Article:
Bioengineering PhD candidate Kieran discusses his research into needle-free injection, his experience at MIT and his entrepreneurial co-venture.
Programme: PhD in Bioengineering
Research topic: Real-time depth monitoring of needle-free jet injection
Supervisors: Associate Professor Andrew Taberner, Professor Poul Nielsen, Dr Bryan Ruddy
Academic unit: Auckland Bioengineering Institute (ABI)
Funding: University of Auckland Doctoral Scholarship
Hello! Tell us a bit about yourself.
I’ve been interested in the application of science and technology to improve human experience since high school. An undergraduate degree in Engineering Science amplified my interest in physics and applied maths, and, through my current PhD research in medical device development, I’ve been able to employ these skills in the biological domain. For me, the human-outcome element is as attractive as the technical complexity of biomedical engineering, and for this reason I’ve also been drawn towards some entrepreneurial side projects with the aim of making a positive impact.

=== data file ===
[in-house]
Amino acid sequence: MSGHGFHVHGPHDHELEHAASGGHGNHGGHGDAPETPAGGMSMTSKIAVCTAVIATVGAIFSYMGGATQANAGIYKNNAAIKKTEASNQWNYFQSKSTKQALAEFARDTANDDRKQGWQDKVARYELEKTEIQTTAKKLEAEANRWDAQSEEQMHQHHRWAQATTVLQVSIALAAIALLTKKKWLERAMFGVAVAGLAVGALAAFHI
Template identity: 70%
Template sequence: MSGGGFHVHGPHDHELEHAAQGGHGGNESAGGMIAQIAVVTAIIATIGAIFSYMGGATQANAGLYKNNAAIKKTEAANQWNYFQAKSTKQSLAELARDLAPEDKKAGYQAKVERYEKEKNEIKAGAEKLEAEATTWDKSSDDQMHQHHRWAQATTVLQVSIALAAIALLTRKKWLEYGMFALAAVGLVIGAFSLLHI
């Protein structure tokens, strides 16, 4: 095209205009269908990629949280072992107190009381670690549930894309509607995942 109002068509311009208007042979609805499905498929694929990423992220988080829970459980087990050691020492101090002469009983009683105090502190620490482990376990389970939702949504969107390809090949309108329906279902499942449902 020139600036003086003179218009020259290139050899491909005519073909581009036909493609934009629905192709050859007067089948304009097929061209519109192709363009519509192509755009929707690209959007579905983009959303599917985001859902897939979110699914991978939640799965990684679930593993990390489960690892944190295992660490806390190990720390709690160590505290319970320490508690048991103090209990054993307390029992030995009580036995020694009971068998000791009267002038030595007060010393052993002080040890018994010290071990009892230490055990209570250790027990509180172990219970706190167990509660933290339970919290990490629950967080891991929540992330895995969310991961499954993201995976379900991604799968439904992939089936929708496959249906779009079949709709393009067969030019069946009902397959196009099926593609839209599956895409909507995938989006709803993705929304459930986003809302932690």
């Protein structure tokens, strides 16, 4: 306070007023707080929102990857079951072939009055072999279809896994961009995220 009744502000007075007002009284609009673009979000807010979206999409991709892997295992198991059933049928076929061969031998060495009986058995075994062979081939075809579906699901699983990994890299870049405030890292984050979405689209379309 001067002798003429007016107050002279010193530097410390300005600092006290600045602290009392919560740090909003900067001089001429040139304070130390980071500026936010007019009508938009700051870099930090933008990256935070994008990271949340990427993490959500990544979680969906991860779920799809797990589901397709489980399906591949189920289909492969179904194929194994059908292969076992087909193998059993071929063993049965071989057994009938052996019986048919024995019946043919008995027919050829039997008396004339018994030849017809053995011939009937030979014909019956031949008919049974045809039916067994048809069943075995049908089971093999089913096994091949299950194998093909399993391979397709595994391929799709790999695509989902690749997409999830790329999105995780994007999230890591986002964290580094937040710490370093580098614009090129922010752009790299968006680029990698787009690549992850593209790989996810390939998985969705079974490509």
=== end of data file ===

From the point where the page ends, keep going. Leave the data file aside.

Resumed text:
The PhD programme has provided me with multiple opportunities for development beyond purely research pursuits.
Tell us about your doctoral research
My research project is in the area of jet injection, an alternative approach to the traditional needle-and-syringe method of delivering drugs that removes the need for a needle.
The device we are developing delivers drugs such as vaccines and insulin by creating a narrow, high-speed jet that penetrates the top layers of skin and into the underlying tissue. A small electric motor pushes the liquid drug out through a very narrow opening and helps it generate enough speed to burrow a tiny hole through the skin, where it then begins to disperse. Due to variations in the thickness and toughness of people’s skin, one difficulty with this technique is controlling the depth of drug delivery. I’m solving this problem using a laser imaging system to track the depth of the jet as it is injected. This will then allow us to monitor and control the progression of the injection as it descends into the tissue.